Newspaper article The Evening Standard (London, England)

Make Your Home a Work of Art; All You Need Is a Big Fat Wallet for a Home among the Britart Fraternity of St John's Wood, Says David Spittles

Newspaper article The Evening Standard (London, England)

Make Your Home a Work of Art; All You Need Is a Big Fat Wallet for a Home among the Britart Fraternity of St John's Wood, Says David Spittles

Article excerpt


A LIMITED edition of modern classics is being created on the site of the former Saatchi Gallery in St John's Wood: 15 contemporary design houses each named after a famous artist - from Andy Warhol to Damien Hirst and Tracey Emin.

It is a rare first, all the more special because of the location. Of all London's prestige pockets, affluent St John's Wood is perhaps the nearest thing to villagey urban bliss in the capital.

It has a boutiquey high street around which lies a residential neighbourhood unblighted by mixed-use developments. Instead of the green belt, there is Regent's Park, a giant garden on the doorstep.

"Elsewhere in London there is always a reminder that you are in a big city," says James Simpson of estate agent Knight Frank. "Here, there is a slower pace and a sense of belonging. People know each other; you see the same faces."

The area has a settled backbone, based on relaxed wealth and politics.

Americans love the place, which has helped reinforce the axis with Canary Wharf, now only 25 minutes away on the Jubilee line.

Bankers and lawyers may well be in the frame for one of the above "art houses", launched to coincide with the bonus season.

Called The Collection, the properties have been designed for people with discerning taste who want a "new original on the birthplace of Britart", according to Michael Eggerton, of developer Vanderbilt Properties.

There is nothing to feast your eyes on at the moment. The 15 houses will occupy a 0.7-acre plot, currently a blank canvas, at the junction of Boundary Road and Abbey Road.

Space and light, with an accent on privacy and security, are the main architectural qualities, adds Eggerton. The houses are lined up in a row, but the terrace is softened by setback elevations and a contoured courtyard with sculptural landscaping. Facades are crisply rendered and have cathedral-size entrance doors. Extensive glazing and internal atriums allow light to flood in. Sizes range from 2,792sq ft to 3,844sq ft, plus roof terraces with spa tubs.

And each house has an underground garage, meaning residents can drive straight and step safely out of their car into their living space. "They are like luxury apartments in the form of a house," explains Eggerton, whose fixation with attention to detail is clearly evident as he produces an Armani swatch to demonstrate the tawny colour of exterior render being used.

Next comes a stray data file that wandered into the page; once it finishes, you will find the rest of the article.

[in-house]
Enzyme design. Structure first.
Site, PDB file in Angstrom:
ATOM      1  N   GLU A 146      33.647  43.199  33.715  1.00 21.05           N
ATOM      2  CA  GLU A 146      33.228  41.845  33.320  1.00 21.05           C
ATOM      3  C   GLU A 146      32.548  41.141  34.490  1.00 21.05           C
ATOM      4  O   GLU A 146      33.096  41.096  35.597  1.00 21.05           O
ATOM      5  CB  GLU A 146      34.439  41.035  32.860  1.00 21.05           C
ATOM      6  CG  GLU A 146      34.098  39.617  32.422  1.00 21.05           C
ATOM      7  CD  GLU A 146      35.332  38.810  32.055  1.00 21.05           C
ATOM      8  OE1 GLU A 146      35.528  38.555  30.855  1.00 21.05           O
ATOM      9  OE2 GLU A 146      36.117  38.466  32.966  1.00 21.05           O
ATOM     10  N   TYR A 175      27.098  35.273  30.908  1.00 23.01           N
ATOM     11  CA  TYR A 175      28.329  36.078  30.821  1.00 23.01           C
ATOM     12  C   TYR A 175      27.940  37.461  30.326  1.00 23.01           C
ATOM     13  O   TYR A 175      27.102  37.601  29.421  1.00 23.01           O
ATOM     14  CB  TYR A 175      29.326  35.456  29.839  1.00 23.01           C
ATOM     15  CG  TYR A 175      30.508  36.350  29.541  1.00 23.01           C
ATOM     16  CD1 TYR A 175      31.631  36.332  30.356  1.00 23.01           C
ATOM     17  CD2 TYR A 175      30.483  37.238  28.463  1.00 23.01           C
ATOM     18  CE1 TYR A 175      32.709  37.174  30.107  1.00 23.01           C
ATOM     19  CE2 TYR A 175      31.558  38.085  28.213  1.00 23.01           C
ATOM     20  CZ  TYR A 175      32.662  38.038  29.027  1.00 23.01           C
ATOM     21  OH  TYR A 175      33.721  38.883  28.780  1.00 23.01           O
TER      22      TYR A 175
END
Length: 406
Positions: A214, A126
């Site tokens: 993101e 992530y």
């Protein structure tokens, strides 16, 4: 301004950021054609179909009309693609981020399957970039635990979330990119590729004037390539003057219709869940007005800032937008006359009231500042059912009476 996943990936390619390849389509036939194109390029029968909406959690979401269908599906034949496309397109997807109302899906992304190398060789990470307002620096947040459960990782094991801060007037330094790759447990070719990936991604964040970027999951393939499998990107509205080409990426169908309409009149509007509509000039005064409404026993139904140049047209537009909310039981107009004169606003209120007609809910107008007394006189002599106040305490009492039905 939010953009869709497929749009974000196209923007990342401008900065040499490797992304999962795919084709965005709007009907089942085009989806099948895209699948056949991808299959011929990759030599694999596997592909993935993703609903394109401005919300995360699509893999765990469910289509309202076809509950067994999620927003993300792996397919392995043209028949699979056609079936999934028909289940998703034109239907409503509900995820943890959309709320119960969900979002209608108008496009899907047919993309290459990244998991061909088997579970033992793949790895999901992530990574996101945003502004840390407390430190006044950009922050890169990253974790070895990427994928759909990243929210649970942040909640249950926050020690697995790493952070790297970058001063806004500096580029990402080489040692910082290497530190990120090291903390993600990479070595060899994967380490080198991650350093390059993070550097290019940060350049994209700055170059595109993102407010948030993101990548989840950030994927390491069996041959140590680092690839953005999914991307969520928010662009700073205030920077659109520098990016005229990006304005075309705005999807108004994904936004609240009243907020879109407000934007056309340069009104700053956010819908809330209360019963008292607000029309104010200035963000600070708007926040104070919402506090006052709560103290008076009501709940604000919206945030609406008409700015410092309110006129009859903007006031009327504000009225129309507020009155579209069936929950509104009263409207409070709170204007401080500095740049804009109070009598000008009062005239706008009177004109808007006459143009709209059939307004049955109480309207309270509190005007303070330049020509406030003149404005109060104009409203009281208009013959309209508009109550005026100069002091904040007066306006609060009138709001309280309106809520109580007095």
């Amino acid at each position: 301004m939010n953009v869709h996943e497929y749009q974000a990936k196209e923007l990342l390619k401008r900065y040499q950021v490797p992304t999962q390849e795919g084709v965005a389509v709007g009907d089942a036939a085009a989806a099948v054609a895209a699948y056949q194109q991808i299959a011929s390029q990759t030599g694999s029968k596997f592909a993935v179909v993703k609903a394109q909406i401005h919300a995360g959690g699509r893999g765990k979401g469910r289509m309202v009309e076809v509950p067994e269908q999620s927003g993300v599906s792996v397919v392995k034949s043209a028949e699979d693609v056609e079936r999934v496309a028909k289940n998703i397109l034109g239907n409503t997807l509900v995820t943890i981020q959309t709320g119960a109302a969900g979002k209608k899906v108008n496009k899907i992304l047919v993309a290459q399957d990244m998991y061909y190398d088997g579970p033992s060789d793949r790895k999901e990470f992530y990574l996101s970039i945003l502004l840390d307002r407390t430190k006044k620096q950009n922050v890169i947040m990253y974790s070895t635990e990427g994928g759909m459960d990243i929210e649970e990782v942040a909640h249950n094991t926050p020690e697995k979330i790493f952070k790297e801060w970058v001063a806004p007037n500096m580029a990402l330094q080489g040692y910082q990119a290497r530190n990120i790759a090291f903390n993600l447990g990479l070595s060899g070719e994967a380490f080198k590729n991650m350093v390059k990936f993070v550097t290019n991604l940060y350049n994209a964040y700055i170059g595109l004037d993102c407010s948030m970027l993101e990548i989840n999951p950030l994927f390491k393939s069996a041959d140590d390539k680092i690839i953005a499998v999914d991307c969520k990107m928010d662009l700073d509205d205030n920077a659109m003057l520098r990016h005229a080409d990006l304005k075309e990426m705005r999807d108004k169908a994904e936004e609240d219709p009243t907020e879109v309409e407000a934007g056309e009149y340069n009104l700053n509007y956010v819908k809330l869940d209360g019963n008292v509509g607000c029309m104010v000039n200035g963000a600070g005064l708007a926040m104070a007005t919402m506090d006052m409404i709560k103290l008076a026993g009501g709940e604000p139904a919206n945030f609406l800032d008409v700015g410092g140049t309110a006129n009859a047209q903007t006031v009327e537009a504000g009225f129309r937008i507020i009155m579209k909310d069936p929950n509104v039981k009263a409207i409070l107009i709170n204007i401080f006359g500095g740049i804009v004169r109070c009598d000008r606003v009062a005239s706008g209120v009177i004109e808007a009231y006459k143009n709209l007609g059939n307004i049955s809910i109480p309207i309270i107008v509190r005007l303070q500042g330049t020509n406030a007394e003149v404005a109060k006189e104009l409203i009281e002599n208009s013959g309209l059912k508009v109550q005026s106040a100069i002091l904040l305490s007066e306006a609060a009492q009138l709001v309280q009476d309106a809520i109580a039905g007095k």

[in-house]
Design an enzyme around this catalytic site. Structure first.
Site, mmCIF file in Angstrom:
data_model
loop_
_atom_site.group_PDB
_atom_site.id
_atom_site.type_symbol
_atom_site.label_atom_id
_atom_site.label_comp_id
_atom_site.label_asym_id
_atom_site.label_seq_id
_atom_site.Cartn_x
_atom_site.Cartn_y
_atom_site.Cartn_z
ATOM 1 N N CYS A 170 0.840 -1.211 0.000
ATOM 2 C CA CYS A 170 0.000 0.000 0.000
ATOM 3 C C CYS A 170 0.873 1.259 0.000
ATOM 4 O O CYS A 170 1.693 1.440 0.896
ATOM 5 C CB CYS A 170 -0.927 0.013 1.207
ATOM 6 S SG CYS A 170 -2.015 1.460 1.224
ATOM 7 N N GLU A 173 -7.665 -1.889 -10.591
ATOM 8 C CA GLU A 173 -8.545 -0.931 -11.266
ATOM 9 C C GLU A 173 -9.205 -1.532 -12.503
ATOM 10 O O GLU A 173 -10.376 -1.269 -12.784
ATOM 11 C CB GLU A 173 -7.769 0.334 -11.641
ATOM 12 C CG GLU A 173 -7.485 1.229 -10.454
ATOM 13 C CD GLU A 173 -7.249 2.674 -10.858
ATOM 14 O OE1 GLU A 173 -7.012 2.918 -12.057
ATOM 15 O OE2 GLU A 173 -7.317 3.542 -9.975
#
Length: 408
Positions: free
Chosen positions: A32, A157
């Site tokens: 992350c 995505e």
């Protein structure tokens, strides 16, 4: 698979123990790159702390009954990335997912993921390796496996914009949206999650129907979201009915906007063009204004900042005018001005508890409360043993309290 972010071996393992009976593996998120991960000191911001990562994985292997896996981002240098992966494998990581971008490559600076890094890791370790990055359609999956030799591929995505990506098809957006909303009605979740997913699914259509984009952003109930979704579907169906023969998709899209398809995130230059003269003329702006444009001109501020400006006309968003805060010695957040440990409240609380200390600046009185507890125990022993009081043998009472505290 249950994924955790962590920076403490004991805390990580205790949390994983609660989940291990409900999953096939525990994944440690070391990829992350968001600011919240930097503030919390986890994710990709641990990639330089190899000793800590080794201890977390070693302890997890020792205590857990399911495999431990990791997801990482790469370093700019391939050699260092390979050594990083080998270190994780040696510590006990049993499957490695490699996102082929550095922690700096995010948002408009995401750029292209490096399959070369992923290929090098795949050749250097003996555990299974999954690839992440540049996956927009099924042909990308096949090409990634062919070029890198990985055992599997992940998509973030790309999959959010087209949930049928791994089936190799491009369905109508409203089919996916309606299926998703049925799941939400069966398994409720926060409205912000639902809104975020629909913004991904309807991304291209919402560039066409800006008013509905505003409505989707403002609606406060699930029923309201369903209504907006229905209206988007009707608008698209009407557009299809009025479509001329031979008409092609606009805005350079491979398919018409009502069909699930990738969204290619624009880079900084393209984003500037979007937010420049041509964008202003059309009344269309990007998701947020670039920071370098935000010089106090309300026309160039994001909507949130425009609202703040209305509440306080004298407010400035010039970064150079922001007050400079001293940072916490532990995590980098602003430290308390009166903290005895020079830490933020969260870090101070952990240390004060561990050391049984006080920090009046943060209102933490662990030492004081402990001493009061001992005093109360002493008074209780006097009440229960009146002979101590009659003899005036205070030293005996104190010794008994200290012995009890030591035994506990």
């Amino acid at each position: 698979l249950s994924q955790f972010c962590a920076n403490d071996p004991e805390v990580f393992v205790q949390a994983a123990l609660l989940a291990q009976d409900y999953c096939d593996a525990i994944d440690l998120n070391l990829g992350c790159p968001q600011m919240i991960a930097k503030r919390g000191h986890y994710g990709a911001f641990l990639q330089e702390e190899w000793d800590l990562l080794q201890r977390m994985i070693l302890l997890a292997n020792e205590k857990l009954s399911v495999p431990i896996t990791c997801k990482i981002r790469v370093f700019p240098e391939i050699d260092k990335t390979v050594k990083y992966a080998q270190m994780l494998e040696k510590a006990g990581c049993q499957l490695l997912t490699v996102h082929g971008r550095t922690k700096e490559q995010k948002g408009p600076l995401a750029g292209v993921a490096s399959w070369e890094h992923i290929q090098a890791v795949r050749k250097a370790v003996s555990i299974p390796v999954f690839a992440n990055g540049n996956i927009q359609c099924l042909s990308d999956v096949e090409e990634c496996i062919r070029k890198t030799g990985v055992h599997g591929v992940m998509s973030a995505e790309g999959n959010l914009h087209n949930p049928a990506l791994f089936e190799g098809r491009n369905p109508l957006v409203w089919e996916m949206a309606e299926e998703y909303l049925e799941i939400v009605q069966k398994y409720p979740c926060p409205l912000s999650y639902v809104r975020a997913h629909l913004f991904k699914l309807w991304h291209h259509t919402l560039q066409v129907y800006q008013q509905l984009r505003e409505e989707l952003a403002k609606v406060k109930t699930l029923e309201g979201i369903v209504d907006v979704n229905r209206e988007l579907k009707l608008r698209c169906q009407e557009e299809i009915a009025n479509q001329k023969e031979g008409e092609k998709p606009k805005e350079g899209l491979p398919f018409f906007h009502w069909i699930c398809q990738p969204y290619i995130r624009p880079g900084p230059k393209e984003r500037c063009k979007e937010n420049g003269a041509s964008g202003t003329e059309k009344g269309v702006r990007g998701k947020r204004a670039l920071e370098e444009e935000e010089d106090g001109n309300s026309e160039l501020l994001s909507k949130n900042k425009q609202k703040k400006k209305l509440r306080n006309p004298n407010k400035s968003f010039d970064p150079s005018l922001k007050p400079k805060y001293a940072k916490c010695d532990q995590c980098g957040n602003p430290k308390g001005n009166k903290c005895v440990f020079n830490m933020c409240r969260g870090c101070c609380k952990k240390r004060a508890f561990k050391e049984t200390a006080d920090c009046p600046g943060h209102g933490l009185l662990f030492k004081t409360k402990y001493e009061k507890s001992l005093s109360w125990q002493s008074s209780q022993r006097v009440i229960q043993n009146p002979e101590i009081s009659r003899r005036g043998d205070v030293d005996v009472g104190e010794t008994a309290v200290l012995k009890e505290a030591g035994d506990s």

"We have utilised every possible bit of space, carefully thought through the room layouts and put in the creature comforts people expect at this level."

Completion is about 18 months off. Vanderbilt, backed by developer Oakmayne, known for designer apartments in fashionable Borough, says it is content to sell three houses and then close down sales prior to a show home being ready in October 2006. The expectation is that prices will rise during the construction period because of the scarcity value. Vanderbilt is planning to give away a piece of original art with each house.

The houses are all freehold and priced from [pounds sterling]1.95 million to [pounds sterling]2.85 million.

This equates to about [pounds sterling]850 a square foot, which is not top dollar for St John's Wood. One reason is the Boundary Road location, which is less select than the area's prime avenues, but is suitably individual for a development with Britart credentials. Call estate agent Aston Chase on 020 7724 4724.

Like St John's Wood, resurgent Marylebone has an undersupply of new houses.

There are few development sites in the listed heartland around the high street. But there are more opportunities north of Marylebone Road, close to Regent's Park, where there were once light industrial premises associated with the motor trade. …

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